Brighton, Sunday, 3/22/81
We got up early this morning for our trip to Brighton. We had a good breakfast, and at 9:00 set off for the train station. We got to Victoria Station, where we found that a combination of service work on the lines and a labor dispute with the drivers were causing problems. We were told to go to London Bridge Station and get a train from there, and did so. We got a train at 10:40, and at 11:40 we were in Brighton.
We walked down to the Royal Pavilion, and took some pictures around the outside. Then we went to the beach to get some air and see the English Channel. The wind was brisk and the Channel quite rough, with waves crashing in to the shore. After some 20 minutes we returned to the Pavilion.
The Pavilion was the work of George IV, who because of George III’s long life did not become King until he was 60. To occupy his time he built the Pavilion. It started out as a small sea-side cottage, onto which George grafted a much larger structure. He went through several phases in the decoration. As it now stands, the exterior reflects the later Indian style, while the interior is largely in the earlier Chinese style. Both were very popular at the time, as a result of Britain’s rise to Empire in the east. The Pavilion does allow photography, so we took many pictures, although they did not come out. They have a small restaurant hidden away inside the Pavilion, where we had a pleasant, if undistinguished, lunch.
After finishing our tour, we caught the 4:13 train to Victoria, arriving at 5:20, and took the Tube to Leicester Square. We had forgotten that in London the theaters are closed on Sundays. Since there was not much to do in London on a Sunday evening, we decided to call it a day, and returned to Swiss Cottage, where Diane fixed us a dinner of steak and salad. After dinner we watched “That’s Life” on the BBC, which we came to love during our stay.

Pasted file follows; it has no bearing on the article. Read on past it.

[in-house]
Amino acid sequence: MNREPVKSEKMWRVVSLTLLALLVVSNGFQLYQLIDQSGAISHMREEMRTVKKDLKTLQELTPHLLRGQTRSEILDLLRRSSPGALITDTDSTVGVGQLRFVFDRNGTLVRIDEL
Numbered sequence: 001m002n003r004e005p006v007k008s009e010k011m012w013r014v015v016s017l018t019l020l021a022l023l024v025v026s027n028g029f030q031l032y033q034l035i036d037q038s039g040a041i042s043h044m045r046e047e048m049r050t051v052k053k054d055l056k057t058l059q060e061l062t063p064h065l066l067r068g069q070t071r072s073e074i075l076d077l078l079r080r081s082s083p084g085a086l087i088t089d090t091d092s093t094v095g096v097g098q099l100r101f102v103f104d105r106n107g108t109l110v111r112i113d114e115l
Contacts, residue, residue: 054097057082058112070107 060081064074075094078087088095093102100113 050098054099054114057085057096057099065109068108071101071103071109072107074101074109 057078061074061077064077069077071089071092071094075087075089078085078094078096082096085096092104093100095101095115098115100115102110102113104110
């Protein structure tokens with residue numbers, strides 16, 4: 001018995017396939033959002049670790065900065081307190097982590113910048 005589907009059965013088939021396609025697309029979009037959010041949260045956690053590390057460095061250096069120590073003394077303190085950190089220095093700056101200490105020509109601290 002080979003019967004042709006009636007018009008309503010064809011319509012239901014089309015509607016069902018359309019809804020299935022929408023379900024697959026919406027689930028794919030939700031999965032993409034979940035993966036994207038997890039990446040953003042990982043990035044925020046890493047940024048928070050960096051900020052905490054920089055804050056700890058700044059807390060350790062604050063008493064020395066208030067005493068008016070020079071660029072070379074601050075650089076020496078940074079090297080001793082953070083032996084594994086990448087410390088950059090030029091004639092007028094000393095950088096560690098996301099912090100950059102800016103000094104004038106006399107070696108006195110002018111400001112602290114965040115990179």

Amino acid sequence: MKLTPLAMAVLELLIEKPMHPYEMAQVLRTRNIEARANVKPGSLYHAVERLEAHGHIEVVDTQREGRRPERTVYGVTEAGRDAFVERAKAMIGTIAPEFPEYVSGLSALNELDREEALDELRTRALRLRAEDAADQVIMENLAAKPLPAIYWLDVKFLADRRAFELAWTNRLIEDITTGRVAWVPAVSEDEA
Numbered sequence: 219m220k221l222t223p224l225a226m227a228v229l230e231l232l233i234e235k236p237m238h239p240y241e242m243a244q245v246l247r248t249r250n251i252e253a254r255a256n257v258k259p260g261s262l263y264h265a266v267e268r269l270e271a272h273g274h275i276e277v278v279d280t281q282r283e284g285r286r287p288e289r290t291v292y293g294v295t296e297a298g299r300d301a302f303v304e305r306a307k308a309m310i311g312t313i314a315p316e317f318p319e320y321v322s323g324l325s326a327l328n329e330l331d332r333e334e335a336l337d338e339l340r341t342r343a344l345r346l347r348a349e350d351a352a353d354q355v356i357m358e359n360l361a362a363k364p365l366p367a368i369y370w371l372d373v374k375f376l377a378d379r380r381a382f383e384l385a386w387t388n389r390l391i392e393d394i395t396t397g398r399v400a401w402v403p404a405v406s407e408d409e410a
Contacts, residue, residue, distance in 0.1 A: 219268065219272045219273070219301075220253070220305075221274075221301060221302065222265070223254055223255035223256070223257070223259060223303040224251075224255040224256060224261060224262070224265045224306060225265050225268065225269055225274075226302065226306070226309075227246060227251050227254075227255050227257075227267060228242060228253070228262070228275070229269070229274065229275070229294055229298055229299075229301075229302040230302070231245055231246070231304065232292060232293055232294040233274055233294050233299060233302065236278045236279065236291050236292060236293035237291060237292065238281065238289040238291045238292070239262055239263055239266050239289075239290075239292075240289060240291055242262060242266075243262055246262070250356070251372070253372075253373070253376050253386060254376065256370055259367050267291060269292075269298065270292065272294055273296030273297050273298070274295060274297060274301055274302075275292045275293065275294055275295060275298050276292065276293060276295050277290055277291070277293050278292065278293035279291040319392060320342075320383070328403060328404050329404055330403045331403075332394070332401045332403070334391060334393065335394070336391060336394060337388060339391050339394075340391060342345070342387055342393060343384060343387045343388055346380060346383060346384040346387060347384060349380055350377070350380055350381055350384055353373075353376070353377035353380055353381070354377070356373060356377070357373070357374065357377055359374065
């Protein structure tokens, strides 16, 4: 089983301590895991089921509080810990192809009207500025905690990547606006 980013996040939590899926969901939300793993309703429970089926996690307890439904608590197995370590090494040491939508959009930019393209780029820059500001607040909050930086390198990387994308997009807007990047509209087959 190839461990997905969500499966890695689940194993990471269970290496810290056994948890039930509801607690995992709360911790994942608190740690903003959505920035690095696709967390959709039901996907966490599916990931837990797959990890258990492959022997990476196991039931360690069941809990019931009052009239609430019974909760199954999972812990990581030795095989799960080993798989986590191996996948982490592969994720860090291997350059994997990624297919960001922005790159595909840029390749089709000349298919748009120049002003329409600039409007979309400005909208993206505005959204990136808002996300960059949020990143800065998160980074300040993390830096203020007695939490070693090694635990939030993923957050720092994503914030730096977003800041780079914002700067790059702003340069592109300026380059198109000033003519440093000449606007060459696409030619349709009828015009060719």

London, Monday, 3/23/81
We again slept in late, and had a late breakfast before heading for the Tate Gallery. The Tate is renowned for its collection of English and Modern artists. The Tate is a very active place, with movies at noon and in the evening, lectures, and guided tours. We took a tour of the work of of J.M.W. Turner, a young prodigy and member of the Royal Academy. We followed this with a visit to the Constable gallery, which I quite enjoyed, and then the Impressionists and Post-Impressionists, which were more to Cheryl’s taste. We finished with a visit to one of the landscape galleries, and then went to the bookstore. I bought a book on Constable and a print of one of his paintings, and Cheryl bought some catalogues of the Tate collection. We left at 4:20, having arranged with Diane and Tom to meet them at the house at 5:00. They knew a place called the Sea Shell that had the reputation for being the best place in London to get fish & chips.
When we got to the house we discovered that the restaurant was closed on Mondays. So we walked up Finchley Road, where it seemed that everything was closed, until we found a Chinese restaurant open, where Cheryl and I were allowed to buy Tom and Diane dinner. Cheryl particularly liked the dried scallops and greens. After dinner we returned to the house to pack for our trip up north.